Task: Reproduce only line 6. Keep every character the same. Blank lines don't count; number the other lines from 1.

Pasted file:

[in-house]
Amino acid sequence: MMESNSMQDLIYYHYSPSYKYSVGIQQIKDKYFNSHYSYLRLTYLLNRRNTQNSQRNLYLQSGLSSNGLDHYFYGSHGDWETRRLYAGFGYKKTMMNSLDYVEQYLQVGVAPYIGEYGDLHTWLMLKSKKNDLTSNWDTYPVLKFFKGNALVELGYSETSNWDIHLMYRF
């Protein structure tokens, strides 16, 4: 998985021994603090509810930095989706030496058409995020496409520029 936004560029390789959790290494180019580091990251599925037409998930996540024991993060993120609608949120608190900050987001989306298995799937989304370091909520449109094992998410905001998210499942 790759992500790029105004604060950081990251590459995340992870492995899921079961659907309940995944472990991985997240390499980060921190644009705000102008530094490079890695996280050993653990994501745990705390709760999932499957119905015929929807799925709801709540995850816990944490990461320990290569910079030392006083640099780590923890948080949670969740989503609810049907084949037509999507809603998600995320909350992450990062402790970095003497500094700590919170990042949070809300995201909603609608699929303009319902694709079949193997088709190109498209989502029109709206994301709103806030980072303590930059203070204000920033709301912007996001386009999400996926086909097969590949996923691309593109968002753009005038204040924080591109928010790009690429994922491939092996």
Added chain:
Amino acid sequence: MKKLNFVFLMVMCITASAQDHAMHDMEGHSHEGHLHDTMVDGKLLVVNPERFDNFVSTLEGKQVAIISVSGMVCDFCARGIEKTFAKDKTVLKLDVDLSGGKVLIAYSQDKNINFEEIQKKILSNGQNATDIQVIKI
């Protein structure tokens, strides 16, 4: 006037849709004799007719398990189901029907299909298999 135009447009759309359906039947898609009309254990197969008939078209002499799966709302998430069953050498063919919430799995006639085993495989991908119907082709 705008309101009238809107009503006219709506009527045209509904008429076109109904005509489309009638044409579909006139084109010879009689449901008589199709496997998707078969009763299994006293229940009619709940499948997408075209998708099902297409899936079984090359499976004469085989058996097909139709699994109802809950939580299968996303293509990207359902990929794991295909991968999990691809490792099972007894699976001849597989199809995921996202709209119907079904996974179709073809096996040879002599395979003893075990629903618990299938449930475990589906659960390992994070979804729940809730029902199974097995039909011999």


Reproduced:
């Protein structure tokens, strides 16, 4: 006037849709004799007719398990189901029907299909298999 135009447009759309359906039947898609009309254990197969008939078209002499799966709302998430069953050498063919919430799995006639085993495989991908119907082709 705008309101009238809107009503006219709506009527045209509904008429076109109904005509489309009638044409579909006139084109010879009689449901008589199709496997998707078969009763299994006293229940009619709940499948997408075209998708099902297409899936079984090359499976004469085989058996097909139709699994109802809950939580299968996303293509990207359902990929794991295909991968999990691809490792099972007894699976001849597989199809995921996202709209119907079904996974179709073809096996040879002599395979003893075990629903618990299938449930475990589906659960390992994070979804729940809730029902199974097995039909011999």